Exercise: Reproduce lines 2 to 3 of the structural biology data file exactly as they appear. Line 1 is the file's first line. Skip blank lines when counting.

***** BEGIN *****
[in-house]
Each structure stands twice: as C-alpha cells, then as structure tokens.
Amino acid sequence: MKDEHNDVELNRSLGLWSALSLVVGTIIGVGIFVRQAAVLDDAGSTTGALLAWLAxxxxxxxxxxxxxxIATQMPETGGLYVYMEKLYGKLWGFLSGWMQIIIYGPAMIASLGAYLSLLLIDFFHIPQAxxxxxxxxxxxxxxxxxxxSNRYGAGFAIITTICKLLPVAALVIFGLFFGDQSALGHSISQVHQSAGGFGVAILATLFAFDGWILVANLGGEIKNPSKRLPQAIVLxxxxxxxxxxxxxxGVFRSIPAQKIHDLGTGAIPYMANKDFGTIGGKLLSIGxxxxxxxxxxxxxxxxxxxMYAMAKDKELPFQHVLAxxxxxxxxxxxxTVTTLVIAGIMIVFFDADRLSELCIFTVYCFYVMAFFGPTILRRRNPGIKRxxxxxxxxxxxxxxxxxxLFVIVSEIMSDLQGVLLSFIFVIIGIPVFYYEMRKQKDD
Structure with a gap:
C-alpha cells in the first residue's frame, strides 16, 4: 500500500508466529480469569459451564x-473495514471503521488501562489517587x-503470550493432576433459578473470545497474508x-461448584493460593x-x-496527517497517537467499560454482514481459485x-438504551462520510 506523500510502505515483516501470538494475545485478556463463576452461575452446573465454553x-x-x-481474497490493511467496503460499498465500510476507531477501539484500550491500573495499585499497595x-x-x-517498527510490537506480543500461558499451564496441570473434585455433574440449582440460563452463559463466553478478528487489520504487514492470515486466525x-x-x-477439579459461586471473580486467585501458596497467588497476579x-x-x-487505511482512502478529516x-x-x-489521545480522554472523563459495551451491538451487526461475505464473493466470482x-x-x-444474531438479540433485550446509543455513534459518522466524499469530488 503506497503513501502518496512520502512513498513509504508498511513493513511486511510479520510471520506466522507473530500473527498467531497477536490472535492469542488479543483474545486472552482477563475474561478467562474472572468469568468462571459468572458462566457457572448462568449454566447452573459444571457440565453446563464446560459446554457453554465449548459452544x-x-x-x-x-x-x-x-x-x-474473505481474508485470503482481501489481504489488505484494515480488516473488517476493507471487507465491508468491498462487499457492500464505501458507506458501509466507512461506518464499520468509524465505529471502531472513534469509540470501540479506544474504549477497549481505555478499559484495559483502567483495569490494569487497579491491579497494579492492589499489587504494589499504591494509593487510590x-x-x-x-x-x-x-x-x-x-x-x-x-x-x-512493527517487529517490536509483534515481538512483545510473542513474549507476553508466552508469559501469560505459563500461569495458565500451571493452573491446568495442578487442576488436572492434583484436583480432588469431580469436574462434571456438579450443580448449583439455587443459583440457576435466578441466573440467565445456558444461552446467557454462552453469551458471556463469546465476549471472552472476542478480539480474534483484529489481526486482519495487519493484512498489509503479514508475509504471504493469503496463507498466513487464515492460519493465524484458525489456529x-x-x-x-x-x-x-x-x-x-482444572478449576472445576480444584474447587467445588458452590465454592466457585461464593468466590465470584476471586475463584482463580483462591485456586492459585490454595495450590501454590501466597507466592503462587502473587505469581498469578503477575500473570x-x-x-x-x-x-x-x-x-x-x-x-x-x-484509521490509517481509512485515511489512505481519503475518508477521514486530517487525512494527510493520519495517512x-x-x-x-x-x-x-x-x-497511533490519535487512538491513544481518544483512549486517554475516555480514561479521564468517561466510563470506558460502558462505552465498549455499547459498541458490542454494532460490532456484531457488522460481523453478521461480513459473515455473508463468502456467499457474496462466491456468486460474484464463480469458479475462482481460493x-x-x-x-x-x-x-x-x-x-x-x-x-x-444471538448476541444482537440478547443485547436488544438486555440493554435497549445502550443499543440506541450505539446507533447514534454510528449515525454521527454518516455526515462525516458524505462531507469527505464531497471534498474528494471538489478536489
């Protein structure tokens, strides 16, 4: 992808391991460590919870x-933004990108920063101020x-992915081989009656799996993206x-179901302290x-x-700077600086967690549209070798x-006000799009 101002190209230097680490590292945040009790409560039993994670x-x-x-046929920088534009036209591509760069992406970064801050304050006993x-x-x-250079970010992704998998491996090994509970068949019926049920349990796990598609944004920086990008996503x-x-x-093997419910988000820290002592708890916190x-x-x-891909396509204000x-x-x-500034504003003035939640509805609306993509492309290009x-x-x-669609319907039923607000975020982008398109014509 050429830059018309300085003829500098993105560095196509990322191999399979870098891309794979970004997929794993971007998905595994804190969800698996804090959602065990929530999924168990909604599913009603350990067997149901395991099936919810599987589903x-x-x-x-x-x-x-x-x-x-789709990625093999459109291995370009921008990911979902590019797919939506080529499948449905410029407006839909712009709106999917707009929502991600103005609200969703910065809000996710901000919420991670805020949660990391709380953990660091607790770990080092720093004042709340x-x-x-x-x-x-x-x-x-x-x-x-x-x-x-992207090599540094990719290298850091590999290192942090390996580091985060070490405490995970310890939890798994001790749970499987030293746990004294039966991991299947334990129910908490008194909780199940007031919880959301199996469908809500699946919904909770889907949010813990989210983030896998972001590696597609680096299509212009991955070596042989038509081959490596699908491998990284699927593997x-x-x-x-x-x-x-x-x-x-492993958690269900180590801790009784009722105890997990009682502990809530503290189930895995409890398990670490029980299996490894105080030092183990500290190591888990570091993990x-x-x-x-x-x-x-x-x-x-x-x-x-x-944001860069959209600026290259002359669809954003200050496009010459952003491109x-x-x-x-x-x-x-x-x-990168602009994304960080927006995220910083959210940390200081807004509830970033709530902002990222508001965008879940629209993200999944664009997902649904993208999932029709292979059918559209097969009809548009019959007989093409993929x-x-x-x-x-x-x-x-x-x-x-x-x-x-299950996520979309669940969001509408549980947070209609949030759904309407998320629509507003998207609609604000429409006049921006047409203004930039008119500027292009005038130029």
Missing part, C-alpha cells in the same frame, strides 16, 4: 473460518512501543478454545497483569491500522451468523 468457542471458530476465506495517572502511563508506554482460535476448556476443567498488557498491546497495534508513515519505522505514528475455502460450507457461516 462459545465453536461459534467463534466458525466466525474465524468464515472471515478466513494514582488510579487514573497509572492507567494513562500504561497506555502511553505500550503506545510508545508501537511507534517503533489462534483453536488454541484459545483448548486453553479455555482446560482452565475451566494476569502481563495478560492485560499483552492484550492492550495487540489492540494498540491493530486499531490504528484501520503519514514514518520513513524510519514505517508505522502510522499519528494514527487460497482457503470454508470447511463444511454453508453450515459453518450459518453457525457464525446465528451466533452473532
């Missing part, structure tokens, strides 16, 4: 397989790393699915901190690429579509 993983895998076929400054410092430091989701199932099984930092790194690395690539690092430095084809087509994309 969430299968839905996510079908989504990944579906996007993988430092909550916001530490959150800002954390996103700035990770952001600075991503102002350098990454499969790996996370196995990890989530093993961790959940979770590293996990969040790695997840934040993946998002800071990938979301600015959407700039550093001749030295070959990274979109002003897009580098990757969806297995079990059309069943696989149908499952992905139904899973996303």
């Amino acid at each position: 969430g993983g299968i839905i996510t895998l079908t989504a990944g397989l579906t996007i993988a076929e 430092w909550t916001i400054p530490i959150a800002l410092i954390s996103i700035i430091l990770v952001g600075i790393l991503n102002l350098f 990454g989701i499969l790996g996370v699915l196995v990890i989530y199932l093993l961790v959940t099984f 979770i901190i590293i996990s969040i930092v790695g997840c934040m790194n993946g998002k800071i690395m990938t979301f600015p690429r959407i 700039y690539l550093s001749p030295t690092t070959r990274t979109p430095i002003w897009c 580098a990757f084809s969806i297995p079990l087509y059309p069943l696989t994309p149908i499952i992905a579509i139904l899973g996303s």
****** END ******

Each structure stands twice: as C-alpha cells, then as structure tokens.
Amino acid sequence: MKDEHNDVELNRSLGLWSALSLVVGTIIGVGIFVRQAAVLDDAGSTTGALLAWLAxxxxxxxxxxxxxxIATQMPETGGLYVYMEKLYGKLWGFLSGWMQIIIYGPAMIASLGAYLSLLLIDFFHIPQAxxxxxxxxxxxxxxxxxxxSNRYGAGFAIITTICKLLPVAALVIFGLFFGDQSALGHSISQVHQSAGGFGVAILATLFAFDGWILVANLGGEIKNPSKRLPQAIVLxxxxxxxxxxxxxxGVFRSIPAQKIHDLGTGAIPYMANKDFGTIGGKLLSIGxxxxxxxxxxxxxxxxxxxMYAMAKDKELPFQHVLAxxxxxxxxxxxxTVTTLVIAGIMIVFFDADRLSELCIFTVYCFYVMAFFGPTILRRRNPGIKRxxxxxxxxxxxxxxxxxxLFVIVSEIMSDLQGVLLSFIFVIIGIPVFYYEMRKQKDD